A packed house at Centennial Hall listens at candidate Tim McGonigle answers a question during the Lake Cowichan all-candidates meeting Tuesday night. (Lexi Bainas/Citizen)

Voters get earful from all candidates at Lake Cowichan meeting

During two-hour session, hopefuls for mayor and council stated accomplishments, plans

More than 200 people packed Lake Cowichan’s Centennial Hall Tuesday night to hear the hopefuls for town council in an all-candidates meeting.

Housing, tourism, help for business, cannabis legalization, and lots more were on a full agenda that kept everyone glued to their seats for two hours.

Among the mayoralty candidates, Bob Day said that the first headline he saw in the Lake Cowichan Gazette when he moved to town was “Lake Cowichan: Boom Town or Ghost Town?” In the years since then he’s seen progress, with businesses such as the Co-op gas station, Country Grocer, Tim Hortons, and the Riverside Inn now employing many people, and there are fewer vacant buildings around town. Asked what his style was, Day said, “helping.”

Ross Forrest said that he’s “deeply invested in this community” and was proud that while he’s been in the mayor’s chair, “cohesive councils have been able to achieve great things.” Offering “pride through recognition” has been the object of such projects as the Sports Wall of Fame and the new columbarium site. Asked what his style was, Forrest said, “respect.”

Rod Peters said, “the Town of Lake Cowichan is a business,” and stressed his business experience. Among “the couple of things I’m not pleased with” are the road coming into Lake Cowichan, which needs revamping because there are no left turns. He also wants to see the town’s sewer lagoon work finished, and more effort made on seniors’ housing. Asked what his style was, Peters said, “delegation.”

The candidates for councillor were ranged across the front of the stage.

Carolyne Austin talked about her volunteer experience, the importance of teamwork, the need to enhance tourism and new business, and upgrade the town’s infrastructure. She stressed that she made “thoughtful, informed decisions” on what she thought would be best for the majority of the town’s residents.

Tim McGonigle, a council veteran, said he considered his experience, fiscal responsibility, and open mindedness to be his strongest assets at the council table. He pointed out that councillors have to be “mindful of the effect of their decisions on residents.” He wanted to see more effort on policies that would enable attainable housing development, and improve neighbourhoods.

Beverly North drew a laugh when she said, “there are a few issues that annoy me.” As a mainstreet business owner, “the summer parking issue” was one of those but on top of that, “we need public beach access for people, especially those with mobility issues,” she said. North also wanted to see electricity brought into the town’s campsite for the large number of winter campers who want to stay at the Lake.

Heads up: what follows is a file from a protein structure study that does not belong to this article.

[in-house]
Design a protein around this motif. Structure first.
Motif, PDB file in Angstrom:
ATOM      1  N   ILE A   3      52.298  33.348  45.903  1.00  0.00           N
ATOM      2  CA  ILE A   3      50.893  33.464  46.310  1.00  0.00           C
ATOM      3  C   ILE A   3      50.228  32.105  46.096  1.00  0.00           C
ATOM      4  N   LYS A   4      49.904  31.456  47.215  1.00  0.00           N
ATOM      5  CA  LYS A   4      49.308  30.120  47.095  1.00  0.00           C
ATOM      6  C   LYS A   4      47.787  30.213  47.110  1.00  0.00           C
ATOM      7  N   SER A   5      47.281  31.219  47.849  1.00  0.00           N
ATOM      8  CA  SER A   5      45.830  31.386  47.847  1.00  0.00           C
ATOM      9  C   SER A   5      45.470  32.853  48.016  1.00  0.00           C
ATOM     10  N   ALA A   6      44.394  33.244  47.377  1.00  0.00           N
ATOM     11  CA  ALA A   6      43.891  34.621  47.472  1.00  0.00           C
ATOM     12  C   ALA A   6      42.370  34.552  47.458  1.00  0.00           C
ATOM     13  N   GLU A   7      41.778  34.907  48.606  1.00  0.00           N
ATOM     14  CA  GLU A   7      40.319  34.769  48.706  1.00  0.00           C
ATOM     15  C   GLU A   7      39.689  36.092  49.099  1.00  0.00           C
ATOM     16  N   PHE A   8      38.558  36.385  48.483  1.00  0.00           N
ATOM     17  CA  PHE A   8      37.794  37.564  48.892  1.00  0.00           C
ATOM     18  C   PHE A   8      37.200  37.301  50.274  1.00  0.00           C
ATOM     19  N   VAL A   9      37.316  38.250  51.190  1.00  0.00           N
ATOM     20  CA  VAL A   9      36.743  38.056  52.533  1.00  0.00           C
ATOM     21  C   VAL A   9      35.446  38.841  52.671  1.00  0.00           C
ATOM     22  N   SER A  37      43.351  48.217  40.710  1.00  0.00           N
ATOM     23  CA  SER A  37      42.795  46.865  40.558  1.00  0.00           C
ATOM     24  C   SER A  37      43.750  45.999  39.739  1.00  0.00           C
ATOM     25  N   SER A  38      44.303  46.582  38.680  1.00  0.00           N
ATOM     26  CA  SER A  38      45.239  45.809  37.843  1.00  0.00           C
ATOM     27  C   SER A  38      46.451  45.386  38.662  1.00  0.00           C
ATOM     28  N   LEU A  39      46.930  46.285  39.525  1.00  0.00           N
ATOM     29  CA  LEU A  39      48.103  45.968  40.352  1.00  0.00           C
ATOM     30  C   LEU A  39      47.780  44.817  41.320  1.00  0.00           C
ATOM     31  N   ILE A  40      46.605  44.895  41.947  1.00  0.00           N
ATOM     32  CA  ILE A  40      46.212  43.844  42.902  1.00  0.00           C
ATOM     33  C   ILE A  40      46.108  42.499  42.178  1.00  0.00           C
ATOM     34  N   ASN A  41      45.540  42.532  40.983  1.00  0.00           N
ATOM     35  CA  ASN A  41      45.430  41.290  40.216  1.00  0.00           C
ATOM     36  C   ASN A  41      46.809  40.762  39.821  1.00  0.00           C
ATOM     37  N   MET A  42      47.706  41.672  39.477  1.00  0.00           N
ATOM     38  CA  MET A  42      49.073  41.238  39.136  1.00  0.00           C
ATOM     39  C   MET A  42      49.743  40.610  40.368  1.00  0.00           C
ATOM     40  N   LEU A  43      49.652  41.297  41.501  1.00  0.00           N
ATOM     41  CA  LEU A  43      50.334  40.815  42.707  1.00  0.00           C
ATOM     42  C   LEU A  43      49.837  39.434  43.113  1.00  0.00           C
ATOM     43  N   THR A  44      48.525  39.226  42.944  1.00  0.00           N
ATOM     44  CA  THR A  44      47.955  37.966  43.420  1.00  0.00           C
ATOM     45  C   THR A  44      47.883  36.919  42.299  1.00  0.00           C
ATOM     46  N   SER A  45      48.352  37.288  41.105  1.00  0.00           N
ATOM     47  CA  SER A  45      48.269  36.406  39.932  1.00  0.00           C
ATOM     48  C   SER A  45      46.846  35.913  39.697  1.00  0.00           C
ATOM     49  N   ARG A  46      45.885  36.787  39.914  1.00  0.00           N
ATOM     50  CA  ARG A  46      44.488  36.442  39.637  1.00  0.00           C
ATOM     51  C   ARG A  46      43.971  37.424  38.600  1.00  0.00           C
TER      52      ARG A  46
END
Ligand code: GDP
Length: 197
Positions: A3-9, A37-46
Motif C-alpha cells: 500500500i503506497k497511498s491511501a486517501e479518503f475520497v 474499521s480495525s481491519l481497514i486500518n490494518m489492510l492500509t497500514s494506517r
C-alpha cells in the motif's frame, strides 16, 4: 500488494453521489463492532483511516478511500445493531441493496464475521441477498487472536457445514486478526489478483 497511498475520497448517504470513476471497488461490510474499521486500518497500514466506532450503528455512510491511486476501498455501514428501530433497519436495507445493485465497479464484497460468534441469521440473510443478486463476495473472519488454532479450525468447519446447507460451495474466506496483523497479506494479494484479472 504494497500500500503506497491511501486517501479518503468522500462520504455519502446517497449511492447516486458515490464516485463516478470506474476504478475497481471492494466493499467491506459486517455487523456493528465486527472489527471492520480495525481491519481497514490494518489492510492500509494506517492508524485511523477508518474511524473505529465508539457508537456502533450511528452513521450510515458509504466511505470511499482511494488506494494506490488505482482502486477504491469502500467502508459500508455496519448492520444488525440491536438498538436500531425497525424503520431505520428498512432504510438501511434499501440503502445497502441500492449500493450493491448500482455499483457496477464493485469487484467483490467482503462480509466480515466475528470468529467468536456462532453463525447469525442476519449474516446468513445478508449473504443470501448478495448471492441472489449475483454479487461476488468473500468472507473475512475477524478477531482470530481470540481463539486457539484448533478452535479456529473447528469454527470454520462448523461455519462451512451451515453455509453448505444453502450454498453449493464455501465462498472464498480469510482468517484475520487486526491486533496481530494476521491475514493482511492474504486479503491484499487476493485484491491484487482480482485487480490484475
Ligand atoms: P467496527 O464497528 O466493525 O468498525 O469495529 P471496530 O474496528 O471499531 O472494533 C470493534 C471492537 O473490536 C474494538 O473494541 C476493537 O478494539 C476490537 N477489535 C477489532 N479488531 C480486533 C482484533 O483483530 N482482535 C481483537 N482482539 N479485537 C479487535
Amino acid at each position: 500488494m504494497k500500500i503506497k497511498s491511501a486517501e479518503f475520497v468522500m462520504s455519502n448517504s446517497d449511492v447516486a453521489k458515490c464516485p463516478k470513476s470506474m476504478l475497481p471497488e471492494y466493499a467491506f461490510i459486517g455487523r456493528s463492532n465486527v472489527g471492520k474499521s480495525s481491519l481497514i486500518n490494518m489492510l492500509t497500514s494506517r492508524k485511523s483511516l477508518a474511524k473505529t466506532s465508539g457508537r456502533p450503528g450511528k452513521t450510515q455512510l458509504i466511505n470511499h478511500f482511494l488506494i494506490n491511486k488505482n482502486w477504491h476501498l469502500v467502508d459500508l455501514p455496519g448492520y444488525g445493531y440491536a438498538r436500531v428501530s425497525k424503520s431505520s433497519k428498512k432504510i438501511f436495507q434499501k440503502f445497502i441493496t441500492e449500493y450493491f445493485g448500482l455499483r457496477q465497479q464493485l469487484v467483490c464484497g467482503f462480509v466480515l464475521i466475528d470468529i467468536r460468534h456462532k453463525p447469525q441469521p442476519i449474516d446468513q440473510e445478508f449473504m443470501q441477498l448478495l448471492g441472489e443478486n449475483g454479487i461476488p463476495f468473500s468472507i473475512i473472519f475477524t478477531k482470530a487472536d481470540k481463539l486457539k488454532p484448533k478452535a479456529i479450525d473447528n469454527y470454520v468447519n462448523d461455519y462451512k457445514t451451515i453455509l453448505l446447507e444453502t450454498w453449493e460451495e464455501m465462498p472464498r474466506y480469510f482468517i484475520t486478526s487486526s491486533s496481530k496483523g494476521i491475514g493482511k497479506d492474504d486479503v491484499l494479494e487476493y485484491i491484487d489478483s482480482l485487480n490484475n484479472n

Loretta Puckrin said, “the town is at a watershed moment.” Residents must decide if they want to be “a bedroom for Duncan or a viable community.” She said council needs to get out into the community more. “We have a vibrant wealth of talent here, and we need some way to create an environment so we can be self-sustaining.”

Kristine Sandhu said she liked a balanced approach from council members but stressed that “the official community plan must protect our watershed. Climate change is real, people,” she said. In addition, “young people need some reason to stay, and seniors need to be able to stay in the community they love.” However, voters need to remember that the primary role of council is “policy making” not operations.

Lorna Vomacka said she now has many roots in the community, working with various groups, as well as owning her own business, and this allows her to offer a listening ear to many residents so she can be their voice. However, “I will work with whoever you put at that table,” she added.

Rocky Wise simply said, “I want to serve you people so we have a proper town to live in.”

Councillors were asked for their “number one priorities”.

Vomacka, Sandhu, North, McGonigle, and Austin each listed “housing” as being at the top of their lists. Puckrin said, “a completely open, transparent council” and Wise said he had no single issue.

When it came to attracting business, candidates had a variety of ideas.

McGonigle and North wanted to streamline Lake Cowichan’s bylaws while Austin and Puckrin said that businesses that are here must be able to survive, and Vomacka and Wise said that “more help at the front counter” when business people come to ask questions at the municipal office would be helpful.

Another topic that raises its head every election is political amalgamation of the Cowichan Lake area.

Wise was for it because amalgamation would give more control of the watershed. Vomacka would approve “as long as those areas are in favour of it. Sandhu and North said they’d need to see more research before saying yes or no. Puckrin liked the concept but wondered if the other areas would agree. Austin said she though the south side of the lake might agree, but didn’t expect Youbou to ever want amalgamation. McGonigle said “this is a question for a public committee not an elected official.”

The question of getting information from council also comes up every year.

Many candidates liked the idea of an “open door day” when the mayor and councillors would be available so people could come in and see them for a chat. Online coverage of meetings was also mentioned, and even mailing out updates was suggested.

However, as Vomacka said, “lots of people say they don’t do computers, or they don’t look at our notice board, and they don’t come to meetings. There’s not a lot more we can do.”

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